- Positions arts and culture as a public good—a communal interest in which all have a stake;
- Provides a clearer picture of the kinds of events, activities, and institutions we are talking about;
- Conveys the importance of a proactive stance; and
- Incorporates all people in a region, not just those in urban centers.
Holding typical messages up to these standards clarifies why some ideas, even emotionally powerful ones, fail to inspire a sense of collective responsibility. Art as a transcendent experience, important to well-being, a universal human need, etc., all speak to private, individual concerns, not public, communal concerns. While many people like these messages, the messages do not help them think of art as a public good, and therefore inspire action.
- A vibrant, thriving economy: Neighborhoods are more lively, communities are revitalized, tourists and residents are attracted to the area, etc. Note that this goes well beyond the usual dollars-and-cents argument and becomes about creating an environment where people want to live, work, play, and stay.
- A more connected population: Diverse groups share common experiences, hear new perspectives, understand each other better, etc.
Americans for the Arts -- "the nation's leading nonprofit organization for advancing the arts in America" -- is hosting an online discussion about support for the arts. They invited Margy to participate by blogging about The Fine Arts Fund's new research report on communicating about the arts. Here's the host's description of the discussion:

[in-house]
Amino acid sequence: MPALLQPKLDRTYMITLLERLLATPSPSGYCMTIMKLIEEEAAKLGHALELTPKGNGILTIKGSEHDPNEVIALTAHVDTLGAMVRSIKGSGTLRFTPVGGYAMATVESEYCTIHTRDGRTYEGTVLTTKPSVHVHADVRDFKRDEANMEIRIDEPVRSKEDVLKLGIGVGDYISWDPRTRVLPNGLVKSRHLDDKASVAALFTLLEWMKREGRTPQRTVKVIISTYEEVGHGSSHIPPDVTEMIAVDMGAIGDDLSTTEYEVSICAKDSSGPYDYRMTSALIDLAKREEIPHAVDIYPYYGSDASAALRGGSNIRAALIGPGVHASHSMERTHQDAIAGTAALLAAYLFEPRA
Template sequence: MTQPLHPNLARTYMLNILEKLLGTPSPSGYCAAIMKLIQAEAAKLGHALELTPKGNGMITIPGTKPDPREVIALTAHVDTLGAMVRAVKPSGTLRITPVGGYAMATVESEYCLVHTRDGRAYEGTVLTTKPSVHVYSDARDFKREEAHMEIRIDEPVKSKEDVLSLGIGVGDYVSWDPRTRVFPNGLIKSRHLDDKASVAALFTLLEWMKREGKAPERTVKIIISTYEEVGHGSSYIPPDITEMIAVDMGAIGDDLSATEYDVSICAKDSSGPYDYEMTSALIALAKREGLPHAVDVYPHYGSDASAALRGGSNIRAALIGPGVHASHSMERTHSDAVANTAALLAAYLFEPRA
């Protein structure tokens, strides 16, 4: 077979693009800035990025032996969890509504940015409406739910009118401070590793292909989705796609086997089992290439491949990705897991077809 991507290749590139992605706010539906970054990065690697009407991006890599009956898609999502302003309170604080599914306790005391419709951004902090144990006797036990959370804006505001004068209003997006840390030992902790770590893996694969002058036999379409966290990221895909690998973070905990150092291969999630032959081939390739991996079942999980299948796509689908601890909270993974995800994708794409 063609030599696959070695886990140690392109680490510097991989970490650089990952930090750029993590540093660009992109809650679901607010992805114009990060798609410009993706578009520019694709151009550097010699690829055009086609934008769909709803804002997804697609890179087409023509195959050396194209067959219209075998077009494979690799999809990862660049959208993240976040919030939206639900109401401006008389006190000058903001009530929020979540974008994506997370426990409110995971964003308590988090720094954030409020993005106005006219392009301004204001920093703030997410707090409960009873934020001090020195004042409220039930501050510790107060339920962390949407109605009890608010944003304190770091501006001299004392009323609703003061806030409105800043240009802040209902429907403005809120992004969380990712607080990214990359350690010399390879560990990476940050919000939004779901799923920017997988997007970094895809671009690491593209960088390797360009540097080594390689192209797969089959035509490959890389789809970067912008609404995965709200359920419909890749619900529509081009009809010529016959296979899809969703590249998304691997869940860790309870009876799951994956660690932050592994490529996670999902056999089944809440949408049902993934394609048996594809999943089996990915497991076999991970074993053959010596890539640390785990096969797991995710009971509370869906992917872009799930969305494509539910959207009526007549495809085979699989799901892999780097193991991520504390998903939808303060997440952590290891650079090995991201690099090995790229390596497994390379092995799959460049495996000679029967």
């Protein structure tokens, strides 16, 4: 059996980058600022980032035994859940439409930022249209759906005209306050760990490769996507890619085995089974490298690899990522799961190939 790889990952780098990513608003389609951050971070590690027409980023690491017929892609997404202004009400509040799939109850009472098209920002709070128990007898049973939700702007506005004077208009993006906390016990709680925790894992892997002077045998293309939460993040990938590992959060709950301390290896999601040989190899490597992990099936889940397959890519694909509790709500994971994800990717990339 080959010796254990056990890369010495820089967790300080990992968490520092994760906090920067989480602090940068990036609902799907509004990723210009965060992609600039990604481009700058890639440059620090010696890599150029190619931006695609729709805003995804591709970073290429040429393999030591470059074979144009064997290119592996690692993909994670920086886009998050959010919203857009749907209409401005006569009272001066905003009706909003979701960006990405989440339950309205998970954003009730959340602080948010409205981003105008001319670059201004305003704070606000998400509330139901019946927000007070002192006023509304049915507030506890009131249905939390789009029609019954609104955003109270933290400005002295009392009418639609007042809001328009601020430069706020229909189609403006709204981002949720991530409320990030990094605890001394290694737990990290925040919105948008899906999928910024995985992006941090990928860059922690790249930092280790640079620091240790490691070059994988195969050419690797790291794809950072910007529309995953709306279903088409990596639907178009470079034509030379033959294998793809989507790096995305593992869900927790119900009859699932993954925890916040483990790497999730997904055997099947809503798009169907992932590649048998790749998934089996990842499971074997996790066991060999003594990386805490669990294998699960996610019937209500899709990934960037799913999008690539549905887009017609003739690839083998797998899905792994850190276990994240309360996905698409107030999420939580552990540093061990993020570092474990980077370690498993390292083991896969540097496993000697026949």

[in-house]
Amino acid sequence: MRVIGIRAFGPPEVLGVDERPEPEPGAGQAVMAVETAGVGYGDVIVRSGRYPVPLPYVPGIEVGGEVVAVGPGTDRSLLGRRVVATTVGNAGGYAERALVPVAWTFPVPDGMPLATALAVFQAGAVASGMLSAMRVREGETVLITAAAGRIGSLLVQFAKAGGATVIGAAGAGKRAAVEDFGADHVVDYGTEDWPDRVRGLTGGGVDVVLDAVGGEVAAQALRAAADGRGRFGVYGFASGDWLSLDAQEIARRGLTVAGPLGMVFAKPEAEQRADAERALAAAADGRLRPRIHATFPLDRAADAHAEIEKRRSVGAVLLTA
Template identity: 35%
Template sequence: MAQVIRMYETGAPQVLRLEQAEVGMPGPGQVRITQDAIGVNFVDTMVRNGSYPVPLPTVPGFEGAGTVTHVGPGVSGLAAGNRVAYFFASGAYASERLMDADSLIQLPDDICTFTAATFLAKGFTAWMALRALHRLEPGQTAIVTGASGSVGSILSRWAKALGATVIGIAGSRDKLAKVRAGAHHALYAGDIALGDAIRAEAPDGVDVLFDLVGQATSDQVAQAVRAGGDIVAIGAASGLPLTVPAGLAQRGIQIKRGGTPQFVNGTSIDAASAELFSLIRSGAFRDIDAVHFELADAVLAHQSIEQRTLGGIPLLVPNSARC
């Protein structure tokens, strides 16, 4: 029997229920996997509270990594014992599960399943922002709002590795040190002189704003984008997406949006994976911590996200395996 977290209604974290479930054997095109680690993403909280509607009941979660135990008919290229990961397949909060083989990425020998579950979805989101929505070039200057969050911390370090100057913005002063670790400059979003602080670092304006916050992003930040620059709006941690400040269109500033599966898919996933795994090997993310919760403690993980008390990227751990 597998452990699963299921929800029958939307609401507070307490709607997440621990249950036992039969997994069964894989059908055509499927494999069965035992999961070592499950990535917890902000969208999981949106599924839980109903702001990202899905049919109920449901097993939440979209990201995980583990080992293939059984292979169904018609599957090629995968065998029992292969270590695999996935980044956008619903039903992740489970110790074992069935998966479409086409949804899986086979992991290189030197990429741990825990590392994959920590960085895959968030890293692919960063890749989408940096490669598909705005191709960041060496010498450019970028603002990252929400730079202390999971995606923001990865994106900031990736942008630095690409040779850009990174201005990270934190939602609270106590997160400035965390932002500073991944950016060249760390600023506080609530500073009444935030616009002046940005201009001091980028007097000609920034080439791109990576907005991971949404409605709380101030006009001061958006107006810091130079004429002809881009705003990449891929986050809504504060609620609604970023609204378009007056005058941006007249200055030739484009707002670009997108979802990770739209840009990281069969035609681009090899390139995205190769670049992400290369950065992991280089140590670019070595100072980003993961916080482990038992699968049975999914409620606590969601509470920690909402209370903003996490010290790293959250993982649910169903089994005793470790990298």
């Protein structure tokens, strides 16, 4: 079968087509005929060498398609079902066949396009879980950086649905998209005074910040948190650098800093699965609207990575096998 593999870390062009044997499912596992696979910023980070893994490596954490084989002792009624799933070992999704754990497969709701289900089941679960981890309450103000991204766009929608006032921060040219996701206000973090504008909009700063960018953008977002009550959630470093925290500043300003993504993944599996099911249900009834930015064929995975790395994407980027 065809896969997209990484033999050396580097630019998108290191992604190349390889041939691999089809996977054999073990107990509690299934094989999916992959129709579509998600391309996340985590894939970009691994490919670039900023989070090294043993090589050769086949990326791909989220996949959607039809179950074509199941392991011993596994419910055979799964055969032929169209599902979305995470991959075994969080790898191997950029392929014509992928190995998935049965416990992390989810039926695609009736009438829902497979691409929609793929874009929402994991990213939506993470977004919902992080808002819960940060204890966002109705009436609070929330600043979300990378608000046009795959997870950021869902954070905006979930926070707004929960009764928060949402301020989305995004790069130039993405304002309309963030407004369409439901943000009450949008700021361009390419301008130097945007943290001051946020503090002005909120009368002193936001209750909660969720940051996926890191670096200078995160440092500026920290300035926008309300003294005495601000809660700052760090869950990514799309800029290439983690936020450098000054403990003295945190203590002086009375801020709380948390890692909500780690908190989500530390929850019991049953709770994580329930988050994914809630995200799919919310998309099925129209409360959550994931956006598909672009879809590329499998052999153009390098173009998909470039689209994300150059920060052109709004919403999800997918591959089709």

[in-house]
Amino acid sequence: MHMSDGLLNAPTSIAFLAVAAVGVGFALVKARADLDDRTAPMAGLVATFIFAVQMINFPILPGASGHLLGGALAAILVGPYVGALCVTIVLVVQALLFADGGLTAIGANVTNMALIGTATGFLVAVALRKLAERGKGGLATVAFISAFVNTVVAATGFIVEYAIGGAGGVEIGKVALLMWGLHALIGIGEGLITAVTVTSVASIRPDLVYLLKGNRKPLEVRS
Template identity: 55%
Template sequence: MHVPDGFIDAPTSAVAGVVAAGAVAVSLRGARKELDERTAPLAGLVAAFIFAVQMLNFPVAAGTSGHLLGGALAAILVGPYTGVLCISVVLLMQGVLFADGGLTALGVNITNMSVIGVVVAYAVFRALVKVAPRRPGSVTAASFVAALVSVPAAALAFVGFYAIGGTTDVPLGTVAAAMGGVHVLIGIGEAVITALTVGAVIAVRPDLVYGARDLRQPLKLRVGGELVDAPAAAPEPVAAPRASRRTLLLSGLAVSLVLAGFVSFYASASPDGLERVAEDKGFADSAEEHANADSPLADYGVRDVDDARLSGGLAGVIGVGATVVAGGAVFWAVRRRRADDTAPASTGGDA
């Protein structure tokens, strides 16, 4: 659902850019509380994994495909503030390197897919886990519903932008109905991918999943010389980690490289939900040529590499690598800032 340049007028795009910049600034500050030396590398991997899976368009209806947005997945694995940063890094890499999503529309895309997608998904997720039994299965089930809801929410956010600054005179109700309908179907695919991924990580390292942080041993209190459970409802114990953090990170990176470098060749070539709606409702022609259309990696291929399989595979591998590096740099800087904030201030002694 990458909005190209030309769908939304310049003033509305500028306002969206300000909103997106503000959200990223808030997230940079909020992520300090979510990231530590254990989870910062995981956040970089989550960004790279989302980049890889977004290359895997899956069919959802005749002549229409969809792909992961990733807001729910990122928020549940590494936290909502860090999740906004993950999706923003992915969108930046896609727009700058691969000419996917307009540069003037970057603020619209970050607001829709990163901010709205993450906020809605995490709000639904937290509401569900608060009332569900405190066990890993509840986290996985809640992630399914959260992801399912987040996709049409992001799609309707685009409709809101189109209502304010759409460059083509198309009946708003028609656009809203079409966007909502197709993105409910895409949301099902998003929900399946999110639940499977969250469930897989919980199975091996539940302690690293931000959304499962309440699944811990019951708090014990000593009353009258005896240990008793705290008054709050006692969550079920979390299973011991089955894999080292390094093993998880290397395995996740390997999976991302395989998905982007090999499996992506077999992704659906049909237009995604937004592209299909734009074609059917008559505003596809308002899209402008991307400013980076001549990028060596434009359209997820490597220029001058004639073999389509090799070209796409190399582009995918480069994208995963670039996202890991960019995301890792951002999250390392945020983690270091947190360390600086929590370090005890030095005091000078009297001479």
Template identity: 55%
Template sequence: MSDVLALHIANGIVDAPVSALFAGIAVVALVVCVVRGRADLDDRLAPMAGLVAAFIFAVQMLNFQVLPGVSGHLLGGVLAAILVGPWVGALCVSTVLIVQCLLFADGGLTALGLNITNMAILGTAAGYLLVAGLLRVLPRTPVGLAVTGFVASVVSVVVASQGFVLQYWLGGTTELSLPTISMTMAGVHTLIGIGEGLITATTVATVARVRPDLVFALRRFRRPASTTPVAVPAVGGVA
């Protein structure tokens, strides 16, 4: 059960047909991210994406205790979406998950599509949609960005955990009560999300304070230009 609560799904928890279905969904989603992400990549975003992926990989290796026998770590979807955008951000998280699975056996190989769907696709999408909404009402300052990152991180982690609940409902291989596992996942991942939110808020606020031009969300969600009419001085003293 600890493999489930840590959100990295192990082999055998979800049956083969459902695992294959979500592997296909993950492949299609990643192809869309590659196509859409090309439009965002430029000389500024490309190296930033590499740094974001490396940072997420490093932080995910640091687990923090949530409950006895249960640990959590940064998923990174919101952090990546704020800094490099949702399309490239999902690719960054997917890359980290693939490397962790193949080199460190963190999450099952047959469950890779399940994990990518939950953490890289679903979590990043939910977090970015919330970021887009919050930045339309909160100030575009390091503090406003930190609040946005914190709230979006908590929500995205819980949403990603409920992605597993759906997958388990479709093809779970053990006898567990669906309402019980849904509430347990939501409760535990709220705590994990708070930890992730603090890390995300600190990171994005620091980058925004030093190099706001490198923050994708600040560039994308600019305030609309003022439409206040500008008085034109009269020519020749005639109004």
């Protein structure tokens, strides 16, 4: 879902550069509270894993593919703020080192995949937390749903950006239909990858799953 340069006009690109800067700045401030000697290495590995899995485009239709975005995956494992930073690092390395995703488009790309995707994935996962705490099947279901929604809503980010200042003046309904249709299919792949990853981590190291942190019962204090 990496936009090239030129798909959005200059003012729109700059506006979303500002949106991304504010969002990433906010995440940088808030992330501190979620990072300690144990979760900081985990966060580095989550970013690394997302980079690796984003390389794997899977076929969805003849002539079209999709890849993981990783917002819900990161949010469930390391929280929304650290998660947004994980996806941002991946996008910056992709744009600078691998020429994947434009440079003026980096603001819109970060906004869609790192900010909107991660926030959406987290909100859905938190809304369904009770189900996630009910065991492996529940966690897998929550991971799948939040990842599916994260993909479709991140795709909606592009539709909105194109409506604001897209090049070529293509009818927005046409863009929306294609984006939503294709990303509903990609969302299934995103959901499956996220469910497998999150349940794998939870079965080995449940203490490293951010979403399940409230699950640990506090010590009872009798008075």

"The Private Sector Initiatives team at Americans for the Arts is leading efforts to increase partnerships between the arts and the three main areas of the private sector: business, foundations, and individuals by partnering with a national network of Arts & Business Councils, Business Committees for the Arts and United Arts Funds. These partnerships deliver economic and social benefits to communities, generating jobs, and galvanizing neighborhood revitalization efforts.....Follow the Private Sector Blog Salon on March 8-12 as more than twenty leaders from across the country discuss issues related to private sector giving and the arts."
Margy is answering one of the questions posed in her invitation to participate: "So, how do we make the case for supporting the arts in 2010?" While many of the bloggers are focusing on private sector fundraising, our research is designed to provide a way to engage the community in a broader discussion about support for the arts.
Join the national conversation on the Americans for the Arts blog site!
In the evening, I like to escape into a novel and I'm almost always reading one. (Hardly a weekend goes by without a visit to my neighborhood library -- luckily mine is open on Saturdays and Sundays.)
Last night, I came across this paragraph in my current novel, The Art Thief, by Noah Charney. It's entirely consistent with everything we've learned in our recent research on how people think about "the arts" -- through the lens of the contemporary protagonist who is tracking a series of thefts of paintings.
"[Art crime] was considered high class. At the top level of the caste system, art crime was socially acceptable, even thought of as prestigious and intriguing. It was the only serious crime for which the public tended to root for the criminals....The average citizen felt somewhat detached, and sometimes threatened, by fine art. It was considered elite and elusive...and therefore frightening to many. It was with some satisfaction that the public read about gracefully orchestrated art thefts. It was a combination of voyeurism into a glamorous world apart, and a satisfying jab at an institution that felt exclusive."